19th April 2020
Our new club EM gauge layout “Orchard Wharf” is in need of some stock, and one of the items asked for the peak hour passenger service is a Gresley Quintart set. Why and what is a Quintart – because they are rakes of 5 coach bodies, with only 6 bogies with the coaches articulating and sharing a bogie within the set. I’ve build their similar Quad arts which ran on the GN lines out of King’s Cross (and Minories…) from the Ian Kirk range – which were took a while but were good fun.
But the Ian Kirk 4mm scale LNER range isn’t currently available (whatever their website might suggest – don’t try to order anything) and there seems no chance in the near future. So we were a bit stuck until Andy at Isinglass Models (https://www.isinglass-models.co.uk/) started to produce 3D printed kits, and after not too long this was available. It is my first go at making a 3D kit so I’m going fairly slowly, but thought it would be worth sharing.
These show the kit as it comes. Unlike plastic the parts are quite fragile and car needs to be taken trimming the parts off so as not to fracture them. I failed, and did create a crack in one window frame, but that was easily fixed with superglue as suggested in the instructions. Here’s a pair of side, a floor and roof (with another under trail fit behind). There are also seats and ends etc.
The parts still need some sanding, and I made use of these abrasive pads sold by Shesto (and also available from the tool sales section at Keen House). Again care needs to be taken as it files down the parts quite easily, and the dust probably shouldn’t be breathed in.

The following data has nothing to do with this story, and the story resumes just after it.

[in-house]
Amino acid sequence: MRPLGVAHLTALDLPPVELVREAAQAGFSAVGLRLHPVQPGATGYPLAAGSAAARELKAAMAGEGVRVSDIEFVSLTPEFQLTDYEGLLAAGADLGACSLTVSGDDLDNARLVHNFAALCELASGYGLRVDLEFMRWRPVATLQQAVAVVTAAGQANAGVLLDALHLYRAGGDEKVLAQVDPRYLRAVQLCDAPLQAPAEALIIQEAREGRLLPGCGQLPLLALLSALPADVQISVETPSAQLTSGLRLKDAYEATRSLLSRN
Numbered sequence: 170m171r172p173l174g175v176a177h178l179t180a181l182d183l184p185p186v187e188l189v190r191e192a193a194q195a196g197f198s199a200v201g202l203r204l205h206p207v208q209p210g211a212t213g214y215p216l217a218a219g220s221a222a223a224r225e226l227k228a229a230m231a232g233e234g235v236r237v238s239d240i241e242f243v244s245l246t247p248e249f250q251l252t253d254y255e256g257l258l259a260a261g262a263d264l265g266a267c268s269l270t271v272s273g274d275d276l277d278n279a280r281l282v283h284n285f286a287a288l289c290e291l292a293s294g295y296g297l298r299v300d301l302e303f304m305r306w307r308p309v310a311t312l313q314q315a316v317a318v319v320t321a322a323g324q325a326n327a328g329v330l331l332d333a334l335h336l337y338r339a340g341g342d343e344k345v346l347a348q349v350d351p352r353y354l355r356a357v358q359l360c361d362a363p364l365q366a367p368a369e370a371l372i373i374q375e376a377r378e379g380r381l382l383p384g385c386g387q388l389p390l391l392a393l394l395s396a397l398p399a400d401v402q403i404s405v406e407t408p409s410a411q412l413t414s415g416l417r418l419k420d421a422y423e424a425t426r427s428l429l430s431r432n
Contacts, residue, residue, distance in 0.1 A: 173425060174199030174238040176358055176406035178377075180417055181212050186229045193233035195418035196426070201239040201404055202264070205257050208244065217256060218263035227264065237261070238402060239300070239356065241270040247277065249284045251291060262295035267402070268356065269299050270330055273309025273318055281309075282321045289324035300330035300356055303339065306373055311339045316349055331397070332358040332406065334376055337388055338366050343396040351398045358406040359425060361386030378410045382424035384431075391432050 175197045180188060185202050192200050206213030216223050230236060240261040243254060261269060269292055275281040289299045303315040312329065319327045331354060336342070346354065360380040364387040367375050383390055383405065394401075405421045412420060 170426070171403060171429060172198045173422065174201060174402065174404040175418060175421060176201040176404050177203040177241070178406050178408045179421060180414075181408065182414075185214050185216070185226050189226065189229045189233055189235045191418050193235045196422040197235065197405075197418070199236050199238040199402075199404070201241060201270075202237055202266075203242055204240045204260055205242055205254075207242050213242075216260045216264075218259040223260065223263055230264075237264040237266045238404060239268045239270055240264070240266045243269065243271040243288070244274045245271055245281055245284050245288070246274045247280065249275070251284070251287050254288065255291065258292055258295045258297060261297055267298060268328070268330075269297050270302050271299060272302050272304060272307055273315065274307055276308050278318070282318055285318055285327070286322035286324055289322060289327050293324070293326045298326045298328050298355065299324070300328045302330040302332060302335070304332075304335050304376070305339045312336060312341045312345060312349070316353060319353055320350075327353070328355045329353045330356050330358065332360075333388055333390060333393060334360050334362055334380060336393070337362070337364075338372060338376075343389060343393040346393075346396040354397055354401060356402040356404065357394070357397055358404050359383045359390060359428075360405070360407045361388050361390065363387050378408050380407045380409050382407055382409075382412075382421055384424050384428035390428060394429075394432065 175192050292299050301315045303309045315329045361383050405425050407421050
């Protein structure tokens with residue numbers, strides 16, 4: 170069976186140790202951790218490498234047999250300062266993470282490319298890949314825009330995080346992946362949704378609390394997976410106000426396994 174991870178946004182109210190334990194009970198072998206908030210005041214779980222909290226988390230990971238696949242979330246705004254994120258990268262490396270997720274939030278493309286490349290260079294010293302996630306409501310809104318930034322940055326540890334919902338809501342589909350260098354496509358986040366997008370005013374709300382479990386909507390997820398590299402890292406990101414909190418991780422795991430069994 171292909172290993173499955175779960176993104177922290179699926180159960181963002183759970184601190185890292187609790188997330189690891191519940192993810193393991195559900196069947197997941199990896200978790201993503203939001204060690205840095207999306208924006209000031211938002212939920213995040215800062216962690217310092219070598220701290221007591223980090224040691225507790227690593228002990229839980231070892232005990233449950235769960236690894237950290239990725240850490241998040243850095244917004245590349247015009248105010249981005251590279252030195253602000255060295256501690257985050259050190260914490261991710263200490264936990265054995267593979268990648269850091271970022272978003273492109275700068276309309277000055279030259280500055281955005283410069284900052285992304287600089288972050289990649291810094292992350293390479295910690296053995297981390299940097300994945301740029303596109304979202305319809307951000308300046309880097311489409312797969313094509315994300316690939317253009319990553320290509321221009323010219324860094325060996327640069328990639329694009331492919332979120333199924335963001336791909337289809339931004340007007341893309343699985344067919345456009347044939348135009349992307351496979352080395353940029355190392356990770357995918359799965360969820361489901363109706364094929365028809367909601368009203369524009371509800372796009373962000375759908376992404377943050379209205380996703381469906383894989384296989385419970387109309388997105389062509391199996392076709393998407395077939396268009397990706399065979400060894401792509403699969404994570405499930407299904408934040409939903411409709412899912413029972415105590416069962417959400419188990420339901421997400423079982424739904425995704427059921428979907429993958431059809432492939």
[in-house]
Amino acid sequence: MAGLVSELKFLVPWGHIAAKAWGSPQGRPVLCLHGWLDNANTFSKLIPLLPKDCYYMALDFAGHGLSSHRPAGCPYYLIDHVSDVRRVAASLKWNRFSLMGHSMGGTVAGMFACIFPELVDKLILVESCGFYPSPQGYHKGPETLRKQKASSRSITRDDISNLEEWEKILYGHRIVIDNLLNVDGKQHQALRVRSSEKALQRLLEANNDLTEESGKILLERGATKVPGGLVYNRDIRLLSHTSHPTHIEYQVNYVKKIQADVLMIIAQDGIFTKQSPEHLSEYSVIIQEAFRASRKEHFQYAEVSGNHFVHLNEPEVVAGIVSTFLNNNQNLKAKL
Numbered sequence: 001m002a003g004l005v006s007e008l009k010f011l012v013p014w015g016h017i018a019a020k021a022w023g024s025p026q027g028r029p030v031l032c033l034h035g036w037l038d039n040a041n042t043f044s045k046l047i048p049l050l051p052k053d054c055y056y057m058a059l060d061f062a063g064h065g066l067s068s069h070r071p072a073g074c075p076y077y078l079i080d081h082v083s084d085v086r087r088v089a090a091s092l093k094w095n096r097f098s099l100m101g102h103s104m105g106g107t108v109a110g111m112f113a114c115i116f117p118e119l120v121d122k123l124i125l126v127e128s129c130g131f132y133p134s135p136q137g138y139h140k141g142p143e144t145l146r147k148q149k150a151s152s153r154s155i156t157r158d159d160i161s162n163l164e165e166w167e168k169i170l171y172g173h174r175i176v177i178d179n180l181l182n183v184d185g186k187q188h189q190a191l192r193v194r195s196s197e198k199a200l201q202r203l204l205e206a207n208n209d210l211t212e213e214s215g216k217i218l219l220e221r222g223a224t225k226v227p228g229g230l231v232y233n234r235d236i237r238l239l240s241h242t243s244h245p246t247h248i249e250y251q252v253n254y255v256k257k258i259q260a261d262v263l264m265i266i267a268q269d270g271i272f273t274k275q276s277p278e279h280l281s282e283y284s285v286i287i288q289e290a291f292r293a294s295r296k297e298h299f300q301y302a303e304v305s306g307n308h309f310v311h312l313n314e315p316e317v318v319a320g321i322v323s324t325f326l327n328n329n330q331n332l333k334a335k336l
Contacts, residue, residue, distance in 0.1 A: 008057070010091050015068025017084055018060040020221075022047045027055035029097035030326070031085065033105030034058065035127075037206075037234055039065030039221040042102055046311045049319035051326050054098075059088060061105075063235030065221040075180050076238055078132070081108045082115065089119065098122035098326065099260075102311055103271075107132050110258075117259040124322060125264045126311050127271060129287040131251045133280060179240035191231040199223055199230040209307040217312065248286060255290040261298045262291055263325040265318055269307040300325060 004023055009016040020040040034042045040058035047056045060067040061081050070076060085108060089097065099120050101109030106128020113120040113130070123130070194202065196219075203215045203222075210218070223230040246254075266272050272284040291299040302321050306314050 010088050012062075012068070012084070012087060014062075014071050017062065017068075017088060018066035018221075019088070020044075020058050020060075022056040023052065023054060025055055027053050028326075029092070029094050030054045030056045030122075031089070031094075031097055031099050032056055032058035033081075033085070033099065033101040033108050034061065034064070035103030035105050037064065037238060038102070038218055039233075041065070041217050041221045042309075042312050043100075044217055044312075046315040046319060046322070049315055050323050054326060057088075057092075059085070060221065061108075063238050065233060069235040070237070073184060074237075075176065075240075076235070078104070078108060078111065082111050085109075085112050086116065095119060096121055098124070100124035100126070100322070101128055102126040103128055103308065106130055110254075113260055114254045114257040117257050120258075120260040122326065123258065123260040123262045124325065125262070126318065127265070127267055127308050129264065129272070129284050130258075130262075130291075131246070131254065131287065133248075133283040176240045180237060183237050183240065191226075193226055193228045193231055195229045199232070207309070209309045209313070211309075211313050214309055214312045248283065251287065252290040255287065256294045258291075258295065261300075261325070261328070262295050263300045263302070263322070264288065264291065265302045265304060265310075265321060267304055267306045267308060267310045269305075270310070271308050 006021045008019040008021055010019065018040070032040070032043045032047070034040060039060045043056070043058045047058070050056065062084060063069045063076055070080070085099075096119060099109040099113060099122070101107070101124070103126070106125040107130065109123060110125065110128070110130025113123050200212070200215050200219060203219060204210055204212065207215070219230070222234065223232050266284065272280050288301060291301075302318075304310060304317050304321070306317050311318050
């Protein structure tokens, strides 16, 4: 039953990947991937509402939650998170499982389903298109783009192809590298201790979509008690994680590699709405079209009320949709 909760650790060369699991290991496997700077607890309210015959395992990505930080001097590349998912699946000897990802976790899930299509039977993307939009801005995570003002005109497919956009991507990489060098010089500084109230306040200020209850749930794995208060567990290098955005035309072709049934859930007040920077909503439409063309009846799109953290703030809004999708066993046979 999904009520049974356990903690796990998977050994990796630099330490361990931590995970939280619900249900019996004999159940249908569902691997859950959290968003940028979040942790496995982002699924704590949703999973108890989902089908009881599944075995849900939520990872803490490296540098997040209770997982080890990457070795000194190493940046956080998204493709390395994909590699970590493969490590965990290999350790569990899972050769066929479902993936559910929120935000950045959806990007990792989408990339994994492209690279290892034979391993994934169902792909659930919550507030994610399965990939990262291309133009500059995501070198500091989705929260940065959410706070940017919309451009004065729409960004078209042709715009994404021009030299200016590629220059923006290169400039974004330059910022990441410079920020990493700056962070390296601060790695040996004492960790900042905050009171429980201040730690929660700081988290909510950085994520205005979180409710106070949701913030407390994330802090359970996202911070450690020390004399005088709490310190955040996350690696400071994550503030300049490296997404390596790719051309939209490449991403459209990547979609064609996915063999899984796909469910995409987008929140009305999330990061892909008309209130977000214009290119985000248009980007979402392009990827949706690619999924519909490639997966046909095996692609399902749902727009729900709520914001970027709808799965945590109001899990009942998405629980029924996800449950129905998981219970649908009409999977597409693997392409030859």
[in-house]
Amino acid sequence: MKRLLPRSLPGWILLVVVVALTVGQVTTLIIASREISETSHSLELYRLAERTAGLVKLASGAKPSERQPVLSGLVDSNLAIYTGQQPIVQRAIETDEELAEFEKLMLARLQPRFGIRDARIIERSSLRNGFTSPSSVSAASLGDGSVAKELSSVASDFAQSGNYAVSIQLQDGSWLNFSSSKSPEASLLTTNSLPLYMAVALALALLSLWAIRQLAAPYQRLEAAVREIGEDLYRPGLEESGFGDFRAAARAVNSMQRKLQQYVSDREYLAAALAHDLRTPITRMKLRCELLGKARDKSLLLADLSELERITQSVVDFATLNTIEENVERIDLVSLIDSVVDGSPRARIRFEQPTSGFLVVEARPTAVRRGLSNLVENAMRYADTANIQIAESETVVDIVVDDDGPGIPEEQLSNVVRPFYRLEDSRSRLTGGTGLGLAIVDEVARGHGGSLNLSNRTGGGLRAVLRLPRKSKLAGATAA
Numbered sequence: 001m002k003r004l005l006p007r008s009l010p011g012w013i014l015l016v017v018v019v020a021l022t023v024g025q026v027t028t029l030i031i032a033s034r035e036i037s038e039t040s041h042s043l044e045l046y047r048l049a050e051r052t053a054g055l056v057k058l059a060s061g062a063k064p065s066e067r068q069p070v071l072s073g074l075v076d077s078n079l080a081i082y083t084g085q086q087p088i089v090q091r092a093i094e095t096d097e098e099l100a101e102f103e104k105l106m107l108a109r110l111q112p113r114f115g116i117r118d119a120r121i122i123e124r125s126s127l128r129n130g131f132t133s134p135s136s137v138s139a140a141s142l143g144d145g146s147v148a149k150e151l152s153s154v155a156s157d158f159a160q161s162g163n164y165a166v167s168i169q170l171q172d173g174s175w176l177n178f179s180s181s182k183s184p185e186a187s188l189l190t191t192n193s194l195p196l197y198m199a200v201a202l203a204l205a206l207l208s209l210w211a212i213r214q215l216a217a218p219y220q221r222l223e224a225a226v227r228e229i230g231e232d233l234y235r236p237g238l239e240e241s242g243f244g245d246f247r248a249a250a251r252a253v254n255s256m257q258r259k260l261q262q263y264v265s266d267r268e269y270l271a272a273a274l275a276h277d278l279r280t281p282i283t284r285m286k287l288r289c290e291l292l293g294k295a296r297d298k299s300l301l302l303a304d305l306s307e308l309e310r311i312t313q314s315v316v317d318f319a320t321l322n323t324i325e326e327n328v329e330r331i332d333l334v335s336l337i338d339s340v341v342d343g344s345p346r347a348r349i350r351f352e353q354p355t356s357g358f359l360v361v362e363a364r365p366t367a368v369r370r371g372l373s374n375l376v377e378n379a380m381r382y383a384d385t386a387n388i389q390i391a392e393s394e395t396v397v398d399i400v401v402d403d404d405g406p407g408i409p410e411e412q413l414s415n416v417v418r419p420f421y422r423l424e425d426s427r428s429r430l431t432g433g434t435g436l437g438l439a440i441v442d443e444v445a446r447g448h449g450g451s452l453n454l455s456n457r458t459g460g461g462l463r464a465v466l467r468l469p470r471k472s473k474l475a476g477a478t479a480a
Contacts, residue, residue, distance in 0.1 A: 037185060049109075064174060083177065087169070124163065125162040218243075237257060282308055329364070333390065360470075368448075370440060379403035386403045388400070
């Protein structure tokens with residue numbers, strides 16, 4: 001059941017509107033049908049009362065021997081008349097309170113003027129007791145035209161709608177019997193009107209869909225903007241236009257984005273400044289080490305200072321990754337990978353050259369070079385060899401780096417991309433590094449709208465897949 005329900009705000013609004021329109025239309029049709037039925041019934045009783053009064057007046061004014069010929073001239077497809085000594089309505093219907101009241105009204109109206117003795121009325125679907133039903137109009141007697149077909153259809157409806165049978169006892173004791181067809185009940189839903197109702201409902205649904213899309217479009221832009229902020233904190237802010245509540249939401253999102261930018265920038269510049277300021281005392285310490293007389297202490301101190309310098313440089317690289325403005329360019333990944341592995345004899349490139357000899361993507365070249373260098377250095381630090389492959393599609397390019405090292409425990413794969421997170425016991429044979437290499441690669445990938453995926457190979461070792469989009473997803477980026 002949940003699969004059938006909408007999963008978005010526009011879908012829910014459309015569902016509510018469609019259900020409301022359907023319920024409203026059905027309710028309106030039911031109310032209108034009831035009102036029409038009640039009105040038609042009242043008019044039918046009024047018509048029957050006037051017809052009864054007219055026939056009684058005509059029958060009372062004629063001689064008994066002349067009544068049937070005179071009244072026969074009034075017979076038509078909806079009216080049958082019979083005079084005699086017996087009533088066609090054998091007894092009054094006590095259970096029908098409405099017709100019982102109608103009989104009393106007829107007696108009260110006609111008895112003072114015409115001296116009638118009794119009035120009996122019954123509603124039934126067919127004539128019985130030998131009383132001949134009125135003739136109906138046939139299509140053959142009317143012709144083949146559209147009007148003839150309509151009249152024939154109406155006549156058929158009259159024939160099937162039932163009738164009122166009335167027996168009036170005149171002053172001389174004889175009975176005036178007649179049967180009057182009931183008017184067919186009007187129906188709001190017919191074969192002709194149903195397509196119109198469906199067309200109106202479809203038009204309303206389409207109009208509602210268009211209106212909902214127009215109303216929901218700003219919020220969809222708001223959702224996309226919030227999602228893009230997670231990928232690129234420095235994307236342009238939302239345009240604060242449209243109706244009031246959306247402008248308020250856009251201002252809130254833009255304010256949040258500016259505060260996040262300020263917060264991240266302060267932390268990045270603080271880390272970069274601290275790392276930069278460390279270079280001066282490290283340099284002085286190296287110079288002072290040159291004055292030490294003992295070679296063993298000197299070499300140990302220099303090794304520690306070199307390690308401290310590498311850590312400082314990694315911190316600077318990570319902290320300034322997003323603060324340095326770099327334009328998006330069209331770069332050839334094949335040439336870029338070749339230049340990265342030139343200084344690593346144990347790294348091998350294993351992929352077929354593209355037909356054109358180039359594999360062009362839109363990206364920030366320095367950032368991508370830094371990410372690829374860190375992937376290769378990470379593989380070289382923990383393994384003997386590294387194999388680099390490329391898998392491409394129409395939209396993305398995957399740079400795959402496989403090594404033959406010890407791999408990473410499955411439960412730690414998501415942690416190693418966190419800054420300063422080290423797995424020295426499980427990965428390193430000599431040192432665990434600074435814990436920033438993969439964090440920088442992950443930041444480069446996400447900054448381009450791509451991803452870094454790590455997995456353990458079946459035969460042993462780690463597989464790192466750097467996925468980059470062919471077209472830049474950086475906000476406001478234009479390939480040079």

I started with the bogies. Them come as a pair of bogies, with extra bits of ‘print’ around the brake shoes that need to be cut off.
The bearing holes need some slight opening out and deepening to get the bearings in. The lazy trick for plastic moulding of softening up the hole with some butanone and then pressing the bearing into place doesn’t work here… so the trick is to get the drill as straight as possible. The bearing are standard brass in the parts draw from the EM Gauge Society.
The print has some flexibility, but again not as much as plastic so it was tight getting the wheels in. In a couple of cases I hadn’t opened up and pushed the bearing in far enough, so the bearings came out again and I had another go. Again the dust from the drilling is best not breathed in. The picture below shows the wheels in place – but above it the optional bits for the articulation. I’ve opted for now to go for using a brass bolt through the carriage floor into the holes towards the end of the bogies, but its possible to use the pieces at the top of the picture mounted in the coach ‘buffer beam’ and articulate on a single bolt through the middle hole. The former method has stood me well on the Quadarts I’ve built, so made sense to do it here. I’ve got an older quadart built by a friend, which has the latter version and the ‘socket’ has shattered which seems to support my view although the age of the plastic may well be the key factor rather than the design.
The wheel are from DCC concepts – solid metal which adds some weight to very slightly lower the centre of gravity to give more stability. But they are quite shiny, so I used some chemical blackener. On the right as supplied (minus the pick up spring which just pulls off) and lightly cleaned with a fibre brush to help the reaction. I just drop them in the pot 2-4 at a time and leave them for maybe 30-50 seconds before practicing my tweezer skills to fish them out and drop them in water to stop the reaction. On the left is as they come out of the water, then left to harden off a bit before the treads are cleaned with a fibre brush (last warning -the dust from them isn’t great either..)
The wheels then go back into the bogies, and put aside to start on the bodies.
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